The crisis unleashed by the expansion of COVID-19 and the fall in oil prices especially put Latin American countries in a “serious” situation due to the lack of economic resources to deal with them, the former minister explains in an interview with Efe. Colombian from Hacienda Mauricio Cárdenas.
“These are very difficult times throughout the world, but they are particularly complex for Latin America. I believe that we, in Latin America, are still not aware of the gravity of the situation,” says Cárdenas, visiting professor at Columbia University. from New York (USA).
Cárdenas explains that the Latin American countries, in addition to the “problem that the whole world has with COVID and all its manifestations and consequences, which are enormous”, and that “they are going to require a great deal of fiscal resources to face it, starting with public health issues” There is the “additional shock of oil” with the recent collapse of prices due to tensions between Russia and Saudi Arabia.
“I think we have not seen such a complex scenario in Latin America, probably since the end of the last century, because the crisis of 2008-2009 hit Latin America but it was rapid and, above all, there was a rapid recovery in China and the prices of basic products, “he stressed.
The expert cited, among other examples, the additional resources that the health sector needs to deal with the coronavirus, such as respirators and detection equipment, as well as the direct consequences on the economy by imposing extraordinary measures such as business closings or quarantine.
The quarantines will not only affect, he stresses, the ability of companies to produce and face the payment of their debts, but also the income of workers, as well as the “informal economy” of these countries.
“There are many people in our region who live in the informal market, that is, they do not have social security, they depend on what they earn daily. If they do not earn, they have nothing to eat with,” says Cárdenas.
THE FALL OF OIL PRICES
To this “extremely complex” panorama, he comments, we must “add the effect of the fall in oil prices”, which has a direct impact on the ability to finance of Latin American states.
In countries like Mexico, Venezuela, Colombia, Ecuador or Brazil, oil is “an activity that generates large incomes for governments through taxes, through royalties or through the profits of state-owned companies (focused in gas and oil) “.
This will produce a “negative effect on public finances” and “limits the ability of governments to increase spending, which is what COVID-19 requires.”
“No government is going to be able to face COVID without further public spending,” says Cárdenas, who believes that “all the governments of Latin America will try in a matter of days, if not hours, to reinforce the cash transfer programs to the poorest households. ”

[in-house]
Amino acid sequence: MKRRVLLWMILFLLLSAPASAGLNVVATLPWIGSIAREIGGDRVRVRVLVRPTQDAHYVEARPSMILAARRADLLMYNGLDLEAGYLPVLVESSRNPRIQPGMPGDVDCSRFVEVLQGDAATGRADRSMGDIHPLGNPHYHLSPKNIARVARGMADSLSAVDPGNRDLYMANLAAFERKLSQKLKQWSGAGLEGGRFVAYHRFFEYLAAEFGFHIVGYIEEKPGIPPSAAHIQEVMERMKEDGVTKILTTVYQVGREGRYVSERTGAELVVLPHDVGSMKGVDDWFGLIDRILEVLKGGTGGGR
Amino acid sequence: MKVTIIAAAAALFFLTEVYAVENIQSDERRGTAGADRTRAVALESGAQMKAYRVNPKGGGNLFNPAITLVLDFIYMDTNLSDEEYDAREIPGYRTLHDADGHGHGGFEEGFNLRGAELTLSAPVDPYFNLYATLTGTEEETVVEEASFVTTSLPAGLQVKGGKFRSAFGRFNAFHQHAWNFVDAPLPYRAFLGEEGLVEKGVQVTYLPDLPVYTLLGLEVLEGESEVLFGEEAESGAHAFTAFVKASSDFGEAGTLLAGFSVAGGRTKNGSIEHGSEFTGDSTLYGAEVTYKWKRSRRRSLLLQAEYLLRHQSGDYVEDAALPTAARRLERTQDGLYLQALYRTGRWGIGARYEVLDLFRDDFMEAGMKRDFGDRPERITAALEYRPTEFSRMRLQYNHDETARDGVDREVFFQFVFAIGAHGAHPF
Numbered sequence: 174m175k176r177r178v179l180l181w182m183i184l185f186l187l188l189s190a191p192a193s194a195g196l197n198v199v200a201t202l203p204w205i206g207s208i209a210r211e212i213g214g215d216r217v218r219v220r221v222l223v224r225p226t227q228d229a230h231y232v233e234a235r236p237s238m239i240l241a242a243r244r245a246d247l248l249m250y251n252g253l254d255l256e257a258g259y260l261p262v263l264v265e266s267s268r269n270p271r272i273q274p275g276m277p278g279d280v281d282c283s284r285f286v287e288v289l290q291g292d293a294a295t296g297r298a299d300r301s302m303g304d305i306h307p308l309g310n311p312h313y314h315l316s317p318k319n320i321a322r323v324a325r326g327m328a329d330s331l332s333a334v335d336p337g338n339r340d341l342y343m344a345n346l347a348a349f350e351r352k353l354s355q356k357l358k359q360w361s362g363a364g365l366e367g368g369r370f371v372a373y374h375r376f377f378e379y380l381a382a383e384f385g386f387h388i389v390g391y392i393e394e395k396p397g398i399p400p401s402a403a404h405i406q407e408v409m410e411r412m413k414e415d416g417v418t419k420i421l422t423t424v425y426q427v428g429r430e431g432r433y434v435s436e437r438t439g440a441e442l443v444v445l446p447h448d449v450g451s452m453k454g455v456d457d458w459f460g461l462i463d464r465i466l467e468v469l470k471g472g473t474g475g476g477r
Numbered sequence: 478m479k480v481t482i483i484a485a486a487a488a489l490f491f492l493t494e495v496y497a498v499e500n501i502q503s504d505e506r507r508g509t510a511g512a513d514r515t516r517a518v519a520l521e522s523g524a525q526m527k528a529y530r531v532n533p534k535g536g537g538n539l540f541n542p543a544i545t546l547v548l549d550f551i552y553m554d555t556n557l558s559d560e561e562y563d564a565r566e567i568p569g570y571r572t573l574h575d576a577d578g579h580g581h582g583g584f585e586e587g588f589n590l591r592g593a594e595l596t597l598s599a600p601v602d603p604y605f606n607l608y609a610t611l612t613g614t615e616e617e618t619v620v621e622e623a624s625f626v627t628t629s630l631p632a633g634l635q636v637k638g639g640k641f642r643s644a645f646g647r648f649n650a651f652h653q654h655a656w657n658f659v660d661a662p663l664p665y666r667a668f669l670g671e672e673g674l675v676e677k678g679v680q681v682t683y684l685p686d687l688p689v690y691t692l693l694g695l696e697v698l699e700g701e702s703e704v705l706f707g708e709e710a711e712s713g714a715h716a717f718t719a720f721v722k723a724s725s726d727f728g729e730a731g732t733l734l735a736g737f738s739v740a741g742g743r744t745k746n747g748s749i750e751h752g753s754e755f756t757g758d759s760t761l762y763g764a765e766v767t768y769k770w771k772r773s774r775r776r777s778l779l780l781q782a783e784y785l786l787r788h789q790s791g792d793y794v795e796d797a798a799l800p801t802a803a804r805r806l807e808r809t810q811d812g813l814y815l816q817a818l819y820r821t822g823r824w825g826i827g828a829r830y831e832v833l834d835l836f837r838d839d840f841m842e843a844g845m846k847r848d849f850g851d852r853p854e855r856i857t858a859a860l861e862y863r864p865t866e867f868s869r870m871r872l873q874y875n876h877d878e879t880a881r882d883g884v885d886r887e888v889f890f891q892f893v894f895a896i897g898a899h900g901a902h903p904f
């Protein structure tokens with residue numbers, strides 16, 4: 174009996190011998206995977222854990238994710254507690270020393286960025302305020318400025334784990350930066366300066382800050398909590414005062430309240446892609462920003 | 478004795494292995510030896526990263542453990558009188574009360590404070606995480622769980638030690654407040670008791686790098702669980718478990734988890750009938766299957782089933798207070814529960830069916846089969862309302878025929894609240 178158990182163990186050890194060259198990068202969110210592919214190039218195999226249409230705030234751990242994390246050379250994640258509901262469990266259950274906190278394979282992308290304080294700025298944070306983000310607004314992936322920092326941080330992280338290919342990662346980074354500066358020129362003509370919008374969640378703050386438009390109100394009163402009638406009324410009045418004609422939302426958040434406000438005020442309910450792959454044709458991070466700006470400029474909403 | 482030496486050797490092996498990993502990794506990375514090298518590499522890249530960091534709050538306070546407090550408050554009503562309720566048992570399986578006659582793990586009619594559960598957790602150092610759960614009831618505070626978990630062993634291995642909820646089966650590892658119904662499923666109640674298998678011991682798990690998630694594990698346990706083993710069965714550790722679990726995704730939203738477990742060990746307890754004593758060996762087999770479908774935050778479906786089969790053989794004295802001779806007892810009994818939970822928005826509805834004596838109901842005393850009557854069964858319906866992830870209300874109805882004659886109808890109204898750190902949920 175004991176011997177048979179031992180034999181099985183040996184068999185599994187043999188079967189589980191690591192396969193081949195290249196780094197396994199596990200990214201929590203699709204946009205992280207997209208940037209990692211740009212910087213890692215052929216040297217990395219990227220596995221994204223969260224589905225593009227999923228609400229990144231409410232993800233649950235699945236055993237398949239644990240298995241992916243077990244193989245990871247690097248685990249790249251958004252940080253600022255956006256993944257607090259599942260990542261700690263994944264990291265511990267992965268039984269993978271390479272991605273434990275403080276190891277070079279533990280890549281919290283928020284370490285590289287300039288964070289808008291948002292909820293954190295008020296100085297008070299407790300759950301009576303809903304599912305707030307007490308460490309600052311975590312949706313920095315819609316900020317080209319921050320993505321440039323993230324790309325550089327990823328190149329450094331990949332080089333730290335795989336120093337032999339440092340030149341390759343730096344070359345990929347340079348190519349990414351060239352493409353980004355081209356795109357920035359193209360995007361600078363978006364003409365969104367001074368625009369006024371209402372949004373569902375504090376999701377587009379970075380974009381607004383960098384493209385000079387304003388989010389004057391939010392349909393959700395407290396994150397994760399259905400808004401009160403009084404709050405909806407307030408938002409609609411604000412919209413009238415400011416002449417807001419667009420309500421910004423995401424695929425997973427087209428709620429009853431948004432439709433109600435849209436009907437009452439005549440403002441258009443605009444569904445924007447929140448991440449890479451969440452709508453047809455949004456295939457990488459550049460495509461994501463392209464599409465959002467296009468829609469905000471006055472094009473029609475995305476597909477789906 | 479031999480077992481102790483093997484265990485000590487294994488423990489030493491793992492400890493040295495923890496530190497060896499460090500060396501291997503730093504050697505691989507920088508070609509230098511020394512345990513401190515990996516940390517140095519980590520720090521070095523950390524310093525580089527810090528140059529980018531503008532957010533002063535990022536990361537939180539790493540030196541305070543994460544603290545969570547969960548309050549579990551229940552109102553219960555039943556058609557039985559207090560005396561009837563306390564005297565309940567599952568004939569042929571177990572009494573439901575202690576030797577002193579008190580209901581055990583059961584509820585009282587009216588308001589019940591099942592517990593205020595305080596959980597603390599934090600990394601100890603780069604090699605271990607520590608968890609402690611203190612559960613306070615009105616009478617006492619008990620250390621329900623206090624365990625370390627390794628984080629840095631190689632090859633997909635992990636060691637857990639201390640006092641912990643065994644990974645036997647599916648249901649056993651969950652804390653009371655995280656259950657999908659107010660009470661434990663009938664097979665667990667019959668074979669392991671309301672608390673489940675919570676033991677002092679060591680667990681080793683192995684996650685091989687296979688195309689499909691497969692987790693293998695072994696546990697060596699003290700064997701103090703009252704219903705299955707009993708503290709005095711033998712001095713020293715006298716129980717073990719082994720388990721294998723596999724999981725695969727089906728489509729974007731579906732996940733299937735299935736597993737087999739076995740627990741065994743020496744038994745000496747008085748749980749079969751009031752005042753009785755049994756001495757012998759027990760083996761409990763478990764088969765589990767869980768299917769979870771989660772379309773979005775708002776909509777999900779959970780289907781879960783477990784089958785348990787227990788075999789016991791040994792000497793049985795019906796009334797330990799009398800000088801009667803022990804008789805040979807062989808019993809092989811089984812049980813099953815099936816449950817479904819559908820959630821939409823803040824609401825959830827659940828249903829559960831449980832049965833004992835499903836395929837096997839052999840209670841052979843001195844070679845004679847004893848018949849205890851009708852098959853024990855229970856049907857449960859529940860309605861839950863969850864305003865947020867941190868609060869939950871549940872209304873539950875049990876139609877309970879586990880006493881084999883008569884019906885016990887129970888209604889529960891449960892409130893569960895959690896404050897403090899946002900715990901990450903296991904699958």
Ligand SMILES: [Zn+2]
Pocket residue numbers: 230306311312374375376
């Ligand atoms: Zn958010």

THE DIFFICULTY OF FINANCING
But in addition to the fall in the price of black gold, the resources needed to deal with COVID-19 and the economic slowdown coupled with the spread of viruses, the former Colombian minister points to a third factor “that may be seen somewhat as a consequence of the but it has a life of its own. ”
“And it is that the capitals are returning to their natural refuges that are gold and the papers of the American treasure,” according to the expert, who adds that investors are going to try to sell Latin American shares “and that means an outflow of capital. So the problem is very serious. ”
The associate professor at Columbia University adds that “the ‘spreads’ on Latin American debt have risen a lot and, when that happens, financing is restricted, making it impossible for a Latin American government at this time , for a company, to think about making a bond issue in the international market “.
“All countries need to spend more at a time when it is known that tax revenues will fall due to the slower growth of the economy, point number one, and point number two, due to the lower income from oil revenues,” he points out. before warning that the issue will end up “gravitating” towards the multilateral organizations in Washington.
In this sense, he points out that these institutions will have a determining role, such as the International Monetary Fund (IMF), which already has programs with Argentina and Ecuador and that, according to Cárdenas, will have to “make flexible” some of “their components, especially in tax matters. ”
PAINFUL REFORMS, BUT NECESSARY.
“The countries are going to have to buy time to pay their obligations,” said the former minister, who also believes that it is necessary to overcome the looming crisis with an agenda of reforms that have not been carried out “for fear of unpopularity.” or “because the parties have not agreed.”
For him, this would be the time to apply them because “in times of crisis and in times of greatest tension is when societies unite” and it is easier to carry out reforms that, according to Cárdenas, can be “painful” in the short term term, but “necessary” in the long run.
The pension reform in Colombia, the tax reform in Brazil and the tax reform in Ecuador or Chile are some of the examples presented by the former minister, for whom the later he acts, the worse the consequences will be.